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Beyond the spore, the exosporium sugar anthrose impacts vegetative Bacillus anthracis gene regulation in cis and trans

Norris, MH;Bluhm, AP;Metrailer, MC;Jiranantasak, T;Kirpich, A;Hadfield, T;Ponciano, JM;Blackburn, JK;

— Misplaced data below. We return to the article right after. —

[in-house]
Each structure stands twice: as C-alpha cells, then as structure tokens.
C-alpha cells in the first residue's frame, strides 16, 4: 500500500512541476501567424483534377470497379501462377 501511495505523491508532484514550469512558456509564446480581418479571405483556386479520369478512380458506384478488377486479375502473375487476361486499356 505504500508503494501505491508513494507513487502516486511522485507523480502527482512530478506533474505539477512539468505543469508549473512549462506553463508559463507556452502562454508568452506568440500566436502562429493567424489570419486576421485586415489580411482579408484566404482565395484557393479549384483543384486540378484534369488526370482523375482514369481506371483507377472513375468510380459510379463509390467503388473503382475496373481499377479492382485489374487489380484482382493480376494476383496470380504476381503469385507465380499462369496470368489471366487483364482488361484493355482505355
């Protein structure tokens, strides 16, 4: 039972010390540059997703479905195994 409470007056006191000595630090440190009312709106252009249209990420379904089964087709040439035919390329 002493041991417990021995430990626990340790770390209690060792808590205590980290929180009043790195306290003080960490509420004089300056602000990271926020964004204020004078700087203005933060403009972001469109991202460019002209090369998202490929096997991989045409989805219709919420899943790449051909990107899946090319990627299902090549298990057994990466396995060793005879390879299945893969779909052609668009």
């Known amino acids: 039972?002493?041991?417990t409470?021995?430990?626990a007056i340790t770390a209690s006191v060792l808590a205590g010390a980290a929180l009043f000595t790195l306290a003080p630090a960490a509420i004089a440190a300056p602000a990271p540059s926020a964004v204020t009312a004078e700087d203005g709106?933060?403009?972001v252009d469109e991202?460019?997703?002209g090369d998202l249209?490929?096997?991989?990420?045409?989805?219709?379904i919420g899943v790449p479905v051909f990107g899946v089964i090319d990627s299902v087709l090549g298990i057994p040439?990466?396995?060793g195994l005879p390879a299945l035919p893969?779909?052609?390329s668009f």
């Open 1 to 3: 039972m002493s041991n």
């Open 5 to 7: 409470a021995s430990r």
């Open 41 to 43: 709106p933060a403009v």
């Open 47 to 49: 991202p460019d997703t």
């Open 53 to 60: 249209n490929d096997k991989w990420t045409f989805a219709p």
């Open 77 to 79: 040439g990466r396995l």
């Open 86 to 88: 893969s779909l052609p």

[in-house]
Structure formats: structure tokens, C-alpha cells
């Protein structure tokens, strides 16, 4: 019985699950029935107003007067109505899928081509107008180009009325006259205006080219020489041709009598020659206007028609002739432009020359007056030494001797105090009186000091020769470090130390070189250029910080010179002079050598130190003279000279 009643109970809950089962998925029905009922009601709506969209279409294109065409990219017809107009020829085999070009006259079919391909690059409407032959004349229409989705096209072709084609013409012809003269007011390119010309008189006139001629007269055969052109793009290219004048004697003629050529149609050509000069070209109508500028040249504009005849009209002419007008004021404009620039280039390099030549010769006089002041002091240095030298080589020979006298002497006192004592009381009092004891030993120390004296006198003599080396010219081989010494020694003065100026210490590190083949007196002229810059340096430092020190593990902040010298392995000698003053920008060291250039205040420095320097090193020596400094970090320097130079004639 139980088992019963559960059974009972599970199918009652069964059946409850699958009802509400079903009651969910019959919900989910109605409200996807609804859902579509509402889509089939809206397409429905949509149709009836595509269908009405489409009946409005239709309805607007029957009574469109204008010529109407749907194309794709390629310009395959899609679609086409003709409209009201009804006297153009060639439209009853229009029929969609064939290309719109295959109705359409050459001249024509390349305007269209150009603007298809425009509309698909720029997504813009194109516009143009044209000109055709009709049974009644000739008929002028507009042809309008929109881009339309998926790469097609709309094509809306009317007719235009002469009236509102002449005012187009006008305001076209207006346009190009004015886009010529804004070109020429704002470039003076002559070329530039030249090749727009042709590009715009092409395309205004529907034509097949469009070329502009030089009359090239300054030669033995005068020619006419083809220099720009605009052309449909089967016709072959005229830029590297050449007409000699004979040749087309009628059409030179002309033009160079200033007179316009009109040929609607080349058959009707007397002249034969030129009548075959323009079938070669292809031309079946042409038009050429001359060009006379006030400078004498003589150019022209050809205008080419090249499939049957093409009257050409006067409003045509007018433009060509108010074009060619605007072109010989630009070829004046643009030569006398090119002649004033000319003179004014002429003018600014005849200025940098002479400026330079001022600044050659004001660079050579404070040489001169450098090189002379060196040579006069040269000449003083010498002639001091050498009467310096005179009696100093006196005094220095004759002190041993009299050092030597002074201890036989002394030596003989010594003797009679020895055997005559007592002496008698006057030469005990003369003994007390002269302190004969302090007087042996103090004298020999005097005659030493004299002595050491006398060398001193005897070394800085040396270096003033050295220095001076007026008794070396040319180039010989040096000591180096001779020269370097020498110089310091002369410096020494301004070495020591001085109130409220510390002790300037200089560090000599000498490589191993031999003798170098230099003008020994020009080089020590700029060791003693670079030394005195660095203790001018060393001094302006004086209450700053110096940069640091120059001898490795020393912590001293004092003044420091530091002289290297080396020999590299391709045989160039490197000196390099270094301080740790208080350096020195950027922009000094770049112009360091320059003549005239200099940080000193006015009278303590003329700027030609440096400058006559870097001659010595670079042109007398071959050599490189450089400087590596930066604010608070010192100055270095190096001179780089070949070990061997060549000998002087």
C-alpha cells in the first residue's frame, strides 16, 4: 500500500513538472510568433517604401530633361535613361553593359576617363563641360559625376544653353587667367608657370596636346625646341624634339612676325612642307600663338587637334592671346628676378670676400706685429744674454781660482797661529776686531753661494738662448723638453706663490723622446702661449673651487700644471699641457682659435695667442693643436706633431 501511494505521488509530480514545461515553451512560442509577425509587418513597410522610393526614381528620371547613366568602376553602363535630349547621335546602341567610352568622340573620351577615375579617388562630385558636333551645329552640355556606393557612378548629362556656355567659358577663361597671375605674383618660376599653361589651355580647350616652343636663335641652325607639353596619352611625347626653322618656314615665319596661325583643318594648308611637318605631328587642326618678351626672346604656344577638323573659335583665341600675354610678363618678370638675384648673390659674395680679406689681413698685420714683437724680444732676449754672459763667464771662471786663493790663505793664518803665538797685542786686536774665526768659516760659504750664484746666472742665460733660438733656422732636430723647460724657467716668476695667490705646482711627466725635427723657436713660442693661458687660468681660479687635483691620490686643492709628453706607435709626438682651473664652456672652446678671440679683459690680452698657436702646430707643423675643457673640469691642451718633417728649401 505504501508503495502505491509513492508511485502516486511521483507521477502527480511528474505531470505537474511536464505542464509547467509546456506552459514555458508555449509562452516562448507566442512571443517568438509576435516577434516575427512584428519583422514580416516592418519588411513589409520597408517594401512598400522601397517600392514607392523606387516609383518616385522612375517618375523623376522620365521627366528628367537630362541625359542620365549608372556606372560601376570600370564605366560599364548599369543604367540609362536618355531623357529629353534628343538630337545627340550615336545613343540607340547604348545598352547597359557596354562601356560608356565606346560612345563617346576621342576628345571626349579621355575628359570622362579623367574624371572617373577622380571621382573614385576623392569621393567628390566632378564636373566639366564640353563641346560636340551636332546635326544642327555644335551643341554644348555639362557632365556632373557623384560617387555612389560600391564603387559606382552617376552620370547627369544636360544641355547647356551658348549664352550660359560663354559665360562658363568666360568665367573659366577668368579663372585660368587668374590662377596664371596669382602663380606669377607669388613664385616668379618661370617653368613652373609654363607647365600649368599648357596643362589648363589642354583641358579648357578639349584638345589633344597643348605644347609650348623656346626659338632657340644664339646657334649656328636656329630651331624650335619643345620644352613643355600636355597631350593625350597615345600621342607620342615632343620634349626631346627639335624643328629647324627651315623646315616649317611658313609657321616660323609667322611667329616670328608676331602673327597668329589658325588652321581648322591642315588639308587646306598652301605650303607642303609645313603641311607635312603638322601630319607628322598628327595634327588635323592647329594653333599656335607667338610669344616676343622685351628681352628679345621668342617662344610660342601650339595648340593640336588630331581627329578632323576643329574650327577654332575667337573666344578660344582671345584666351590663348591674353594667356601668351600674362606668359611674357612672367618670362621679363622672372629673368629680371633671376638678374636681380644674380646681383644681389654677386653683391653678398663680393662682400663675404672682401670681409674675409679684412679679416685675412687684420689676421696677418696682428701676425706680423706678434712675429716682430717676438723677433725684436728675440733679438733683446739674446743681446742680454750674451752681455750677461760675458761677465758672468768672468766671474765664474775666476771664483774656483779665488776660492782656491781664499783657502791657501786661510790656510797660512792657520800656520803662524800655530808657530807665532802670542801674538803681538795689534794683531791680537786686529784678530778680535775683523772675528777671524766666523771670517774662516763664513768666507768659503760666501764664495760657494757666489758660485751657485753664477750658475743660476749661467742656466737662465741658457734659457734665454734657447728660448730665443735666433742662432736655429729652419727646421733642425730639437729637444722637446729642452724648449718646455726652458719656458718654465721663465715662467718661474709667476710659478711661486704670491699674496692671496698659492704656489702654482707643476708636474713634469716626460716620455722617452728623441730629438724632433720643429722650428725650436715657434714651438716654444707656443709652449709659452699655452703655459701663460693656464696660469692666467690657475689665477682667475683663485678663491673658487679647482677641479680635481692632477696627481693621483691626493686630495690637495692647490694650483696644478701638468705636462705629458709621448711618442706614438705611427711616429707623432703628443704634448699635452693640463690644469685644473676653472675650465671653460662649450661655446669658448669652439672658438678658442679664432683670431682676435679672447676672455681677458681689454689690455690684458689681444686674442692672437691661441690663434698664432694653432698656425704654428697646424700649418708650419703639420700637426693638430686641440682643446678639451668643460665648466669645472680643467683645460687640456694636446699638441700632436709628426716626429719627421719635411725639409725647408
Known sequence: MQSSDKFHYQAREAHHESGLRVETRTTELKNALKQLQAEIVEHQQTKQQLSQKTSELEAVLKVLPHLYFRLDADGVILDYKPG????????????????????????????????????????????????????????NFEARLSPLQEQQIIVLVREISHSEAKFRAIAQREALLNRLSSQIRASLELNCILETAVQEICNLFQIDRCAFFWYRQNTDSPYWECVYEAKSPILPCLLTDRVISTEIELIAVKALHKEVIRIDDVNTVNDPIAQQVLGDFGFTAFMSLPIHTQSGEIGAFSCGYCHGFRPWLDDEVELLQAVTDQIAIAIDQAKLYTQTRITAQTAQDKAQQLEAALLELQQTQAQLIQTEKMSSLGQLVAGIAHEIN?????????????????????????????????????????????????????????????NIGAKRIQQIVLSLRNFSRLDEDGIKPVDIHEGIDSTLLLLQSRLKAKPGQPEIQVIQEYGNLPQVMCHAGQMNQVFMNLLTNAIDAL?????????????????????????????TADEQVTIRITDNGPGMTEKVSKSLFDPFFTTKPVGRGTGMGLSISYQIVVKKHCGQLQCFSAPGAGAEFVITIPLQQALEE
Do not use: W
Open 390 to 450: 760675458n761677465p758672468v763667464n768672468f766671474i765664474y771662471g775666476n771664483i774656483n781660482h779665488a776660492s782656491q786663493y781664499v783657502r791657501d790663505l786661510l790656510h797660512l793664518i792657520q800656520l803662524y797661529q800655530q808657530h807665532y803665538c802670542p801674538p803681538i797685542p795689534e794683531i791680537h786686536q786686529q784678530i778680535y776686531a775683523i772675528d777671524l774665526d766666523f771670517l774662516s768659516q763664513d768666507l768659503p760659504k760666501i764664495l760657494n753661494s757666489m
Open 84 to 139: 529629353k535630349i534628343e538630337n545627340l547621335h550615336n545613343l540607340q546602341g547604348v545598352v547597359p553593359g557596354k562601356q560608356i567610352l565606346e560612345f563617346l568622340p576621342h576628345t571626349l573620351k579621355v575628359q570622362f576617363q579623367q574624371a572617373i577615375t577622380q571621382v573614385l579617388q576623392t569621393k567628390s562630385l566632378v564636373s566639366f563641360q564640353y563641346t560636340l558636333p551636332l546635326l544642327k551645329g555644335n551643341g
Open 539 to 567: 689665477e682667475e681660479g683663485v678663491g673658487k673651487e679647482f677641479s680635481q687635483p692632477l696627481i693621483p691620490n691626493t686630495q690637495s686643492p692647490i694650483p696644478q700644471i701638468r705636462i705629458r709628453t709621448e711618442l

The Bacillus anthracis exosporium nap is the outermost portion of spore that interacts with the environment and host systems. Changes to this layer have the potential to impact wide-ranging physiological and immunological processes. The unique sugar, anthrose, normally coats the exosporium nap at its most distal points. We previously identified additional mechanisms rendering B. anthracis anthrose negative. In this work, several new ant – B. anthracis strains are identified and the impact of anthrose negativity on spore physiology is investigated. We demonstrate that live-attenuated Sterne vaccines as well as culture filtrate anthrax vaccines generate antibodies targeting non-protein components of the spore. The role of anthrose as a vegetative B. anthracis Sterne signaling molecule is implicated by luminescent expression strain assays, RNA-seq experiments, and toxin secretion analysis by western blot. Pure anthrose and the sporulation-inducing nucleoside analogue decoyinine had similar effects on toxin expression. Co-culture experiments demonstrated gene expression changes in B. anthracis depend on intracellular anthrose status (cis) in addition to anthrose status of extracellular interactions (trans). These findings provide a mechanism for how a unique spore-specific sugar residue affects physiology, expression and genetics of vegetative B. anthracis with impacts on the ecology, pathogenesis, and vaccinology of anthrax.